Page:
Civil servant Andrew Weeks has lost an unfair dismissal and discrimination claim after he called a woman a lying bitch when she claimed for disability benefits in 2019.
Weeks was forced to stand down from his job at the Department for Work and Pensions which he held for the past 26 years in Blackpool.
The woman appealed against the DWP decision to reduce or take away her Personal Independent Payment on March 5, 2019.
She was challenged by Weeks to whether she qualified for the claimant in a letter she received on March 15 which branded her a lying bitch.
The woman told Lancs Live: “I was devastated by Mr Week’s comments as I am struggling to deal with various physical and mental health conditions.
"Mr Week’s comments made me feel even more negative about my conditions. He has displayed a bias and appears incapable of acting in an impartial manner as he has concluded that I am a “lying bitch”.
"His egregious comments demonstrate an implicit bias and highlight how some employees of DWP view disabled people such as myself."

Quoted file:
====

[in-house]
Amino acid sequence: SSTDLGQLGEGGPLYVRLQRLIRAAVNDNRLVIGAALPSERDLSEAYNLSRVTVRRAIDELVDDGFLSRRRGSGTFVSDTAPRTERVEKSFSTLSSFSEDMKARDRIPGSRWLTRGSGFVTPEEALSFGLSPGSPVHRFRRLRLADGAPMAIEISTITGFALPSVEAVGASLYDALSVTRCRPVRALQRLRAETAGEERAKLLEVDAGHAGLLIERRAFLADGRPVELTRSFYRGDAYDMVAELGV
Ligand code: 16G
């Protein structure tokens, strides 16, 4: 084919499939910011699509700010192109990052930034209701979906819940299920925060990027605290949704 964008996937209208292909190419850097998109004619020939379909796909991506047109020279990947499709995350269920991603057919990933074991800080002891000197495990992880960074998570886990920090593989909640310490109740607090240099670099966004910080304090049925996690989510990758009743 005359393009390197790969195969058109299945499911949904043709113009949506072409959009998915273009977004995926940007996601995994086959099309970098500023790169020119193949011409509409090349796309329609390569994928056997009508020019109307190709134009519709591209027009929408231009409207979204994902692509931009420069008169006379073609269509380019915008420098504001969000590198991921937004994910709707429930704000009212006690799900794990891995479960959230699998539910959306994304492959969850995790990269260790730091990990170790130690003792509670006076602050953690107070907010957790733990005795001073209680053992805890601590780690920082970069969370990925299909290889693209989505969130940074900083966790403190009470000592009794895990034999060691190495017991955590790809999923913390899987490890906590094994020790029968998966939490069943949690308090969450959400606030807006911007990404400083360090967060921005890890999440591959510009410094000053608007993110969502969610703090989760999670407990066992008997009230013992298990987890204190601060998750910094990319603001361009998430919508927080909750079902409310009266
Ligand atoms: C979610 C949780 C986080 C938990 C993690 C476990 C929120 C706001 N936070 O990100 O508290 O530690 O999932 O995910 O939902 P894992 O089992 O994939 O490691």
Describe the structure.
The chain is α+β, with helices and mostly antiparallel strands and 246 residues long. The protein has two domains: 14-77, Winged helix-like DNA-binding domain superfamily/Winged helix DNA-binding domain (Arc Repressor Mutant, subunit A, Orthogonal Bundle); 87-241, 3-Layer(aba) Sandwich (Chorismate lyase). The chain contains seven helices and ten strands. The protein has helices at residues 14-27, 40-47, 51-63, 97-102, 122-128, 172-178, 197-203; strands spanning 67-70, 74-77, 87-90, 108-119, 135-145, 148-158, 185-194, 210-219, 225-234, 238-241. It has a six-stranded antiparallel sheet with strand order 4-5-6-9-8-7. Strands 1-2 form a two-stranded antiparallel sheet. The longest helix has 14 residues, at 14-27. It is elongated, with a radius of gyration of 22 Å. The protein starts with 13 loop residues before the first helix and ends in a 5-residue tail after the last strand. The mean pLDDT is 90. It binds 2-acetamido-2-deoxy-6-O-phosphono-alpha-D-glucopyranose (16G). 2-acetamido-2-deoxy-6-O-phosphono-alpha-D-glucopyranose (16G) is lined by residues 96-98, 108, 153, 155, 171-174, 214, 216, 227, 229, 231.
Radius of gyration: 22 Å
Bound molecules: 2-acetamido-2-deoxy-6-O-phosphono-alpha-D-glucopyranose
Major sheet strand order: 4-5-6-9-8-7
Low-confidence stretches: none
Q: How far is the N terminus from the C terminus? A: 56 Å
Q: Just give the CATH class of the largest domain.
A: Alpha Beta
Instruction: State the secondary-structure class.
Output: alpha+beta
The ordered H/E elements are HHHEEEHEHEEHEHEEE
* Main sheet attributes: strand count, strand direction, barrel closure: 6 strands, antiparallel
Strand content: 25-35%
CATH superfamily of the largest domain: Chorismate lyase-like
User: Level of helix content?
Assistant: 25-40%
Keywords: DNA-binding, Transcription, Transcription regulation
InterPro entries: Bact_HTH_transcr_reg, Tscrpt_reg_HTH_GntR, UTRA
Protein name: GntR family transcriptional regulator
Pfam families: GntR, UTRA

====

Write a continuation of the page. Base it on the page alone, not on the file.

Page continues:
At the time Weeks’ offensive remarks attracted national media coverage urging the Prime Minister to open a formal investigation.
The civil servant was sacked from his role at the DWP on April 23, he appealed four days later saying the decision was 'pre-empted and that unconscious bias was natural and unintended'.
In his appeal Weeks said he was suffering withdrawal effects from antidepressants before he wrote the offensive letter which could had impacted his behaviour.
He went on to say he removed an insulting word at one point composing the reply but forgot to omit a second before sending the letter out.
But chairperson of the hearing, Linda Spencer, argued he had the "presence of mind to remove one comment was enough to suggest that his thought process was not sufficiently disturbed enough to render him unable to control his actions and unaware of the insertion of the wording".
Spencer dismissed the claims made by Weeks, saying his actions were “wholly inappropriate”.
But at a cross–examination Weeks could not provide any evidence that his health had any influence over the comments he made in the claimant’s letter.
He also confessed about deleting an insulting word in his written reply and he was not distracted at the time of writing the letter, he made the accusations after feeling 'under pressure at every stage to come up with something'.
At the final ruling this week Employment Judge A M Buchanan concluded: "It is not acceptable to present explanations to us as evidence when in fact [Mr Weeks] knew the explanation advanced was
not true” and there was a "genuine belief that [Mr Weeks] had used offensive language about a customer in an appeal submission."
At the hearing, the DWP claimed Mr Weeks alleged anxiety and depression did not amount to a disability.
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